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On March 2nd we always celebrate Dr. Seuss’s birthday! This month we are sharing some fun Dr. Seuss crafts and activities to help us get prepared!
For Virtual Book Club for Kids this month we are reading The Cat in the Hat by Dr. Seuss. We love doing Dr. Seuss theme science activities so this month we tried some red and white Cat in the Hat themed science fun since the Cat in the Hat has the coolest red and white top hat around!
MATERIALS NEEDED FOR CAT IN THE HAT SCIENCE:
- 2 large cups
- 2 white bowls/platters with a lip (one deep, one shallow)
- red food coloring
- 1 cup vegetable oil
- 1 cup white vinegar
- dropper/pipet/turkey baster
To get started we poured a cup of vinegar into one cup and a cup of oil into another cup. Next we mixed several drops of red food coloring into the vinegar to make it turn red.
Once the liquids were ready we started squirting them into our white dish using a turkey baster.
The vibrant colors are easier to see if you use a white dish.
My daughter explored the red and white liquids and watched as they interacted while she dropped them into the dish.
She was pretty surprised to see that the white and red would separate.
Her favorite thing to do was mix all of the materials together in the bowl and then suck the red mixture up into her turkey baster and then watch as the red and white would split. It reminded us both of the red/white pattern on the Cat in the Hat hat!
Once we mixed everything up in one dish we started squirting the liquid onto a more shallow dish and watching what happened.
It reminded me of a flat lava lamp. It was so cool to squirt liquid in different places and watch the liquids react to one another and move and readjust. It looked quite beautiful too!
We explored the materials again and again as we moved between both containers (a shallow one and a deeper one).
As we mixed and explored we talked briefly about how the liquids worked and why they didn’t mix.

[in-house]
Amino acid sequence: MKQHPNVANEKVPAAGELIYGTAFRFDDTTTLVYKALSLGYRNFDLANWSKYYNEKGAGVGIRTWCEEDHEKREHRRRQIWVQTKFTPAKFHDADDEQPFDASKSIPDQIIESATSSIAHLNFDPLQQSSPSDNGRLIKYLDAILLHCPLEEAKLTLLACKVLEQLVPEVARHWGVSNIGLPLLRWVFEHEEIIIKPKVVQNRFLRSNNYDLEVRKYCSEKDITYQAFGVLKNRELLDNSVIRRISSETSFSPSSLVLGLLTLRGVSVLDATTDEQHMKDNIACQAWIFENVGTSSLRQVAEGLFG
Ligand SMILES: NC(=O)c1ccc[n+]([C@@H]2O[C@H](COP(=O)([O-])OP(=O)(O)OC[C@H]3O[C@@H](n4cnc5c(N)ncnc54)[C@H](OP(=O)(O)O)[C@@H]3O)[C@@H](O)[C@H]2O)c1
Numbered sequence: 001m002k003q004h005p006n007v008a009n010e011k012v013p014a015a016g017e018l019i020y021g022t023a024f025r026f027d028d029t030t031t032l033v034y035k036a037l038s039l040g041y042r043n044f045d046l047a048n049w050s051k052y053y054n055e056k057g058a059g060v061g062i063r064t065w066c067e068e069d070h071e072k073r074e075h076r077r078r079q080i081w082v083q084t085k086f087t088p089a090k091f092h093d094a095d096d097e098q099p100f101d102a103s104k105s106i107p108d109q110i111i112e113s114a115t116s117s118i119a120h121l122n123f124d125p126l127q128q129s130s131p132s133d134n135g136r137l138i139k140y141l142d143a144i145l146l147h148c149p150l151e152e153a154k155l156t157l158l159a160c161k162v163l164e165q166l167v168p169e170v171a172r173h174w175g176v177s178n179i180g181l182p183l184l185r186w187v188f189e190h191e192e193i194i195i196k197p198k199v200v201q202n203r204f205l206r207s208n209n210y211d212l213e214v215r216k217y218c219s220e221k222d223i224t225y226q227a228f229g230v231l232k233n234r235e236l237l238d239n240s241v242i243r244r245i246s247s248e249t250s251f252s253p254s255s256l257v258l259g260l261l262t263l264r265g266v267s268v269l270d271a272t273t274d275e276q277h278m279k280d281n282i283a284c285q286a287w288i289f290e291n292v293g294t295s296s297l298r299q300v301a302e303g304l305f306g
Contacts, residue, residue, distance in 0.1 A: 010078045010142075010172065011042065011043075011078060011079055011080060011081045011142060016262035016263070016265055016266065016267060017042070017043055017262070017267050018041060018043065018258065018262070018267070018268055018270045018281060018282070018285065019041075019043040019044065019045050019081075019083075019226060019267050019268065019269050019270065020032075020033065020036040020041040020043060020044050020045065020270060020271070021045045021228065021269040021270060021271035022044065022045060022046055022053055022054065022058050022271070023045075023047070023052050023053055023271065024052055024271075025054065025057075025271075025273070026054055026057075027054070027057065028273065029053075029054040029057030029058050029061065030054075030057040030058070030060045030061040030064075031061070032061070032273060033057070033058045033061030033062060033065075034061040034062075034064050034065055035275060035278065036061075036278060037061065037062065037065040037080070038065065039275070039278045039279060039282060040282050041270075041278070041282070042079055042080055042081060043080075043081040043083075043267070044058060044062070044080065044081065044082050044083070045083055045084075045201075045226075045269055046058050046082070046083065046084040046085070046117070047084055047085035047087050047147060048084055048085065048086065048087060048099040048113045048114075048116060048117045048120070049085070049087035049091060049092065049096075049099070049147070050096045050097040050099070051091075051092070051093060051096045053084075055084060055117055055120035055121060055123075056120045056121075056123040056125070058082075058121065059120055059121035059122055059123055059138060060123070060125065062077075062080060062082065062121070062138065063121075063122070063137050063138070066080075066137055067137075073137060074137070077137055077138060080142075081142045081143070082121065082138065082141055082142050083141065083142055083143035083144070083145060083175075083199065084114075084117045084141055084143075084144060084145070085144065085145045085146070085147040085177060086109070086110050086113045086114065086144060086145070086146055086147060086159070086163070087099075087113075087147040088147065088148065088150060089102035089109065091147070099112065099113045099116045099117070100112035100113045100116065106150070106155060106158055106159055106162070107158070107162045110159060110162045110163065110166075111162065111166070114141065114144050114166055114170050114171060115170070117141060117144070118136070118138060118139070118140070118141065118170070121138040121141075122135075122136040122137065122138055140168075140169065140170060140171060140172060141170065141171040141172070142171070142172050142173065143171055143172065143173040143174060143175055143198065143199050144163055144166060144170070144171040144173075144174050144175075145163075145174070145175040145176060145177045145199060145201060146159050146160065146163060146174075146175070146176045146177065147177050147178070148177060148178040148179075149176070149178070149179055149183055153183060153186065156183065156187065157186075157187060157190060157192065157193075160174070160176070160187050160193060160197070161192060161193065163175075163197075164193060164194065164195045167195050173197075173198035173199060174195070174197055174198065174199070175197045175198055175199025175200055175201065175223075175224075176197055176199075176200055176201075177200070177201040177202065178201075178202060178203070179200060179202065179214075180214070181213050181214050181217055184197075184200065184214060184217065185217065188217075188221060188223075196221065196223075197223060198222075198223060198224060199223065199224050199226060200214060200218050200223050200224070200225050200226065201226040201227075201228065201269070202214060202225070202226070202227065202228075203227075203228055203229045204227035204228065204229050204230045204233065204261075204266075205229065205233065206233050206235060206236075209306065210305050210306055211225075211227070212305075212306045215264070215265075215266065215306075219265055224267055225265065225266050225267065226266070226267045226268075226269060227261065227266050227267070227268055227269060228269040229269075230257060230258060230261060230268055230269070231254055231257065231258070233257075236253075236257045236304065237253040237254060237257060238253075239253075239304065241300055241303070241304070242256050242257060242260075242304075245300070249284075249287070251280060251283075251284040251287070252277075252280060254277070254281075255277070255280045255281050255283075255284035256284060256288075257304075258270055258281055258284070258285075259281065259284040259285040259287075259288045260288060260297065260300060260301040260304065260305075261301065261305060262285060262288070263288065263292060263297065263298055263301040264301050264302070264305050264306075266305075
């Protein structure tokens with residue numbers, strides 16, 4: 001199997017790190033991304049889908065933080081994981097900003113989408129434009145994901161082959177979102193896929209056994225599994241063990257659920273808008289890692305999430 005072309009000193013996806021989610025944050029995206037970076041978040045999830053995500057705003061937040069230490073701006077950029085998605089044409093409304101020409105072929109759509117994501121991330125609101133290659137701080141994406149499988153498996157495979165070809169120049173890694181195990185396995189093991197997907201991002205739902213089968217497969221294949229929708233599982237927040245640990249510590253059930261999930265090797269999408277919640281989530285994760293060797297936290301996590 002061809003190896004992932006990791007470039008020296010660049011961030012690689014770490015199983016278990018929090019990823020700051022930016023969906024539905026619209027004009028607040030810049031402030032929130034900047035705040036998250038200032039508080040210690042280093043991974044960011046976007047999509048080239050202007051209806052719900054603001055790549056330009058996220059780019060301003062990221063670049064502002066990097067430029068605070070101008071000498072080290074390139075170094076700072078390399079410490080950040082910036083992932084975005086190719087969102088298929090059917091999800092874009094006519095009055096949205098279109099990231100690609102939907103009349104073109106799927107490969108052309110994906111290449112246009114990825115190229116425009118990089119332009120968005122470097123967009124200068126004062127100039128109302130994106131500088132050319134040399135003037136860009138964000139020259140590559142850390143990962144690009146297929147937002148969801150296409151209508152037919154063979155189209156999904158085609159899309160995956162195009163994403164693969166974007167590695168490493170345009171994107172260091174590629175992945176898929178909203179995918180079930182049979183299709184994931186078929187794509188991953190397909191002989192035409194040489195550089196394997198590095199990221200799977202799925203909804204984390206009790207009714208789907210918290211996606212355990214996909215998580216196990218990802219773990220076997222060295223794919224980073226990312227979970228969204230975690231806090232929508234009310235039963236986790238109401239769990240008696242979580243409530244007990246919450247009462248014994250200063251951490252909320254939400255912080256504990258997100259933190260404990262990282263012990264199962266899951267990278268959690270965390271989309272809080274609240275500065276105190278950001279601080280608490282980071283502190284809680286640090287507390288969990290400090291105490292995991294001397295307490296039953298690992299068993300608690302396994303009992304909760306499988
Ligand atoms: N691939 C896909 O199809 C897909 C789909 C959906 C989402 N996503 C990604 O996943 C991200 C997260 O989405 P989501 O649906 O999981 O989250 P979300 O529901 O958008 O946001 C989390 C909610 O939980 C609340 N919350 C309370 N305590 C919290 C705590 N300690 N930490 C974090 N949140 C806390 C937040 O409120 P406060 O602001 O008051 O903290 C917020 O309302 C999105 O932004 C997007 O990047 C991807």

SCIENCE REFRESHER FOR PARENTS:
If it has been awhile since you’ve taken chemistry, here is a reminder about how this experiment works. The oil and vinegar separate. This is because the oil and vinegar particles are unable to stick together. We call this immiscible. The vinegar is heavier than oil, so it sinks down. You can temporarily force the oil and vinegar to mix by stirring them with a fork, but after a little while, you’ll see that they separate back again. As you look in the mixtures above you’ll see that the blobs of oil float on the top and the vinegar stays more at the bottom.
This experiment was so fun! Have you tried it before? I only wish we could’ve layered even more liquids to make it look even more like the Cat in the Hat!
Do you like the Cat in the Hat? Have you ever tried a Cat in the Hat themed (or inspired) activity?
This activity is being featured as part of our February Virtual Book Club for Kids. You can click on any of the links below to see the Cat in the Hat crafts and activities that some of the other Virtual Book Club for Kids co-hosts created this month.
Build the Hat activity by I Can Teach My Child
Cat in the hat number lines and sequences by Rainy Day Mum
The Cat in the Hat Breakfast Hash Browns by Growing Book by Book
Cat In The Hat Fine Motor Hats by The Pleasantest Thing
Cat in the Hat Themed: Gross Motor Activity by 3 Dinosaurs
Cat in the Hat Shape Activity by Mom Inspired Life
Cat in the Hat Center of Gravity Preschool Science by Preschool Powol Packets
Sweeping Colors Sorting Activity by Inspiration Laboratories